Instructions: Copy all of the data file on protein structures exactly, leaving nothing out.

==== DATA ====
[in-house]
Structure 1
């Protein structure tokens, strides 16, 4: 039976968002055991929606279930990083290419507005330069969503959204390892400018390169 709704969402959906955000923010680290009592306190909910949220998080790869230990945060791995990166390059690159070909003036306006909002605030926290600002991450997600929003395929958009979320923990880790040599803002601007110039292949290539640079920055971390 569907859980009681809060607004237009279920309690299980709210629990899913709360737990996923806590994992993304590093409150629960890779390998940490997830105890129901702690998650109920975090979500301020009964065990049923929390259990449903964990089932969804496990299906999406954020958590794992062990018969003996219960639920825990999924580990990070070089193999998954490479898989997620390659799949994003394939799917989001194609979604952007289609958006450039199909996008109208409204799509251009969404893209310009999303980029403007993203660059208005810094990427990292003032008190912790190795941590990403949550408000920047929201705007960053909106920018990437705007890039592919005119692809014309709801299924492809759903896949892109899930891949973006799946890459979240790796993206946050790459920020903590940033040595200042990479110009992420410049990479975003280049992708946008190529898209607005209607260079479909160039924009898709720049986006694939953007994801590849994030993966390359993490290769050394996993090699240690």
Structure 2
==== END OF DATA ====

[in-house]
Structure 1
């Protein structure tokens, strides 16, 4: 039976968002055991929606279930990083290419507005330069969503959204390892400018390169 709704969402959906955000923010680290009592306190909910949220998080790869230990945060791995990166390059690159070909003036306006909002605030926290600002991450997600929003395929958009979320923990880790040599803002601007110039292949290539640079920055971390 569907859980009681809060607004237009279920309690299980709210629990899913709360737990996923806590994992993304590093409150629960890779390998940490997830105890129901702690998650109920975090979500301020009964065990049923929390259990449903964990089932969804496990299906999406954020958590794992062990018969003996219960639920825990999924580990990070070089193999998954490479898989997620390659799949994003394939799917989001194609979604952007289609958006450039199909996008109208409204799509251009969404893209310009999303980029403007993203660059208005810094990427990292003032008190912790190795941590990403949550408000920047929201705007960053909106920018990437705007890039592919005119692809014309709801299924492809759903896949892109899930891949973006799946890459979240790796993206946050790459920020903590940033040595200042990479110009992420410049990479975003280049992708946008190529898209607005209607260079479909160039924009898709720049986006694939953007994801590849994030993966390359993490290769050394996993090699240690």
Structure 2